Nuveen Senior Income Fund (NYSE:NSL) is a leveraged loan CEF from Nuveen. We have covered this fund before here, when we initiated coverage on the name. The fund is now set to be merged into the much larger sister fund Nuveen Floating Rate Income Fund (JFR):
NEW YORK, January 19, 2023--(BUSINESS WIRE)--The Boards of Trustees of Nuveen Senior Income Fund (NYSE: NSL), Nuveen Floating Rate Income Opportunity Fund (NYSE: JRO), Nuveen Short Duration Credit Opportunities Fund (NYSE: JSD), and Nuveen Floating Rate Income Fund (NSYE: JFR) have approved a proposal to merge the funds. The proposed mergers, if approved by shareholders, would combine each of NSL, JRO, and JSD into JFR. The mergers are intended to create a larger fund with lower net operating expenses, enhanced earnings potential, and increased trading volume on the exchange for common shares.
The proposed mergers of the funds are subject to certain conditions, including necessary approval by the funds' shareholders. Detailed information on the proposed mergers will be contained in proxy materials with respect to the Annual Meeting of Shareholders expected to be filed in the coming weeks. The mergers are not contingent on each other.
To note that the above decision is solely from the Board of Trustees, and is subject to shareholder approvals. From what we have seen so far in the market though, these sort of corporate actions tend to be pushed through successfully, especially when the funds at hand are very comparable:
Firstly, all of the funds are from the Nuveen family of funds, hence the platform is unilateral here. Secondly, when we look at the above table we can draw a couple of conclusions regarding the names:
Historically speaking NSL has been a laggard in terms of performance, and its discount to NAV reflects the view that market is taking on this name. We feel the proposed merger is beneficial for NSL's shareholders, and it will result in a narrowing of the premium to NAV, albeit a small one initially.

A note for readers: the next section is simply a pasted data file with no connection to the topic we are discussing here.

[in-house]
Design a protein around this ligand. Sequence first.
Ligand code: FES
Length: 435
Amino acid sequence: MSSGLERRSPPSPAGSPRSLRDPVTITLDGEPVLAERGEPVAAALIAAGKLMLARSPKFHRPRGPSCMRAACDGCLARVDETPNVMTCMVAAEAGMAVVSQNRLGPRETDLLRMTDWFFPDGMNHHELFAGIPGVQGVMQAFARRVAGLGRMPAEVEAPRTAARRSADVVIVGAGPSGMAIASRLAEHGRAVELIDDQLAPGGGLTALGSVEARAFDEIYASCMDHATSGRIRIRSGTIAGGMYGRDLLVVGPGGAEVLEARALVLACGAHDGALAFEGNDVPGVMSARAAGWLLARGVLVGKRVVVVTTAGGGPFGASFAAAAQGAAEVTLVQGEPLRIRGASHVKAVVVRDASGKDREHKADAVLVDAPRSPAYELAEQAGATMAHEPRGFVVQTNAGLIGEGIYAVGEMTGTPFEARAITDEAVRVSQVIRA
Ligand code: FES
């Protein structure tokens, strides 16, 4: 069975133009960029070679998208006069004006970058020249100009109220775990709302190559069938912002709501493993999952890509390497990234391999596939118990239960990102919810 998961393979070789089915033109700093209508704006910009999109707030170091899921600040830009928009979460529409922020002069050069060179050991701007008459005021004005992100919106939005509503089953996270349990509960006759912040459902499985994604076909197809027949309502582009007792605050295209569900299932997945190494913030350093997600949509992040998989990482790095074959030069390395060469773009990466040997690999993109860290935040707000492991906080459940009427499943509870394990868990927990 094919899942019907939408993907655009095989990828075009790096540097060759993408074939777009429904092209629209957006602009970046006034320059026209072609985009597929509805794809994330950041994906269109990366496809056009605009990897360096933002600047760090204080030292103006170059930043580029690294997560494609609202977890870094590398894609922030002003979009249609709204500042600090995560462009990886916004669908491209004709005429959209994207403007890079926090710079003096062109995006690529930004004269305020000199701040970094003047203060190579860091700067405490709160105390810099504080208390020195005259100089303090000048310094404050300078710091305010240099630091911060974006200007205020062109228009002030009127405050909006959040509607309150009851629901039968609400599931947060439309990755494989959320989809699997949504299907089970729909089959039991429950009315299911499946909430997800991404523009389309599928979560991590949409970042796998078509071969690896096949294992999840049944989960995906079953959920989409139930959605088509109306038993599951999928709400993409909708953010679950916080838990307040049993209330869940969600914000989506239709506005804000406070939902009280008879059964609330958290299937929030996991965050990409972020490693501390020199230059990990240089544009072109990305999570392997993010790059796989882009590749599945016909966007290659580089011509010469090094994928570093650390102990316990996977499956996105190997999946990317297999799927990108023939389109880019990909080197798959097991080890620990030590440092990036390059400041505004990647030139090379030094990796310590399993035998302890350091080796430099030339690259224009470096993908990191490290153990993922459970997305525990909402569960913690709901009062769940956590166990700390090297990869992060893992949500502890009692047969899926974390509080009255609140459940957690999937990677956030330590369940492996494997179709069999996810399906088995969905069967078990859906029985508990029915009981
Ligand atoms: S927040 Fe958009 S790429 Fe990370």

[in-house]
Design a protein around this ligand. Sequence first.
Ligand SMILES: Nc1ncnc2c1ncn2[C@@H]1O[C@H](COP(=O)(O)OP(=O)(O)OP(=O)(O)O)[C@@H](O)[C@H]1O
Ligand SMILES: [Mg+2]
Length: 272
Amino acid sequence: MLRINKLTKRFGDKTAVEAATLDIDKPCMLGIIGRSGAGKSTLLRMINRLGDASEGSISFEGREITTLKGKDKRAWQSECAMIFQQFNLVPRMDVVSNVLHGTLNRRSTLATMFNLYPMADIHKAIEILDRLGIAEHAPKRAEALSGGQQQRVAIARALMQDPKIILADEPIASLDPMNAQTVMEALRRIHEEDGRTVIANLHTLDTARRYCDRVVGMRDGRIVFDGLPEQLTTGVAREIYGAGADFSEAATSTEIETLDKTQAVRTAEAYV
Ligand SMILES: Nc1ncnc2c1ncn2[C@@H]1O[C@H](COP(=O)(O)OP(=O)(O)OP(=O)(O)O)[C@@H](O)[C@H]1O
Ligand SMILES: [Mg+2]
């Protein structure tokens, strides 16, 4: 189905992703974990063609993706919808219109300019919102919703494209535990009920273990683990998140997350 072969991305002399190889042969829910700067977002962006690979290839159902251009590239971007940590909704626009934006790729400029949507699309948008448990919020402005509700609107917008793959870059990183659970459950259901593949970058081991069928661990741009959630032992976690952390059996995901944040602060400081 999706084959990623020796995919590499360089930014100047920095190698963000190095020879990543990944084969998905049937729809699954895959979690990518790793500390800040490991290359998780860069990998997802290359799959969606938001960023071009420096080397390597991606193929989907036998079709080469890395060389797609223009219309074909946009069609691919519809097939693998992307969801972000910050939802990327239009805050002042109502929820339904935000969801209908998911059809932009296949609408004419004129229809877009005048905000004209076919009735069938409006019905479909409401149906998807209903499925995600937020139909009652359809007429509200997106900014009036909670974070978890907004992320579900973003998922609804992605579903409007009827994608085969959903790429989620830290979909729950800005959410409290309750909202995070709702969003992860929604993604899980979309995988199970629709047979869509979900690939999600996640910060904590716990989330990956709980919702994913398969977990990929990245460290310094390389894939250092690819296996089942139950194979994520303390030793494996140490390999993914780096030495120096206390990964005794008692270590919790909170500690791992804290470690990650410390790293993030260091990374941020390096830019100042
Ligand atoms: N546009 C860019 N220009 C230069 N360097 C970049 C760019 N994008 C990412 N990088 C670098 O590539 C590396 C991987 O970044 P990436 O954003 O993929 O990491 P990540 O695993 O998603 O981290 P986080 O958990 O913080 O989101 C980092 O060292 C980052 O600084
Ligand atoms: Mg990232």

We can see that historically NSL exhibits one of the widest discounts to NAV from the analyzed cohort:
We have taken all the Nuveen funds subject to the corporate action and plotted them together. We can see that NSL is represented by the orange line in the graph, and the CEF has had the widest discount to NAV in the past year.
Let us also have a look at the historical performance for the above funds, to see if there are any stand-outs and whether NSL's performance matches its wide discount:
Looking on a 5-year lookback period we can see that indeed the Nuveen Senior Income Fund is the worst performer from the cohort, which indeed justifies its wider discount to NAV. JFR is the second best fund from a total return perspective for the respective period.
What will be interesting to watch as well is how the management teams are going to shake out. When a merger comes to fruition, the acquiring fund management is the one remaining usually. From a performance and size, JFR does justify its position as acquiring fund, so we are betting that the current management team will stay in place there and implement the same vision for the combined asset pool.
NSL is a CEF focused on leveraged loans. The fund comes from the Nuveen family. NSL's Board of Trustees has voted for the fund to be merged into its larger sister fund Nuveen Floating Rate Income Fund. The decision is still subject to shareholder approval, but we do believe it will go through. When looking at the historical performance for the cohort of Nuveen funds set to merge into JFR, we can see that NSL is the worst performing one, justifying its large discount to NAV. In all fairness though, the historic total return is nevertheless tight, with a dispersion of only +/-3%. We feel this corporate action is going to go through and it will result in a tightening of NSL's discount to NAV to match the levels we see in JFR.
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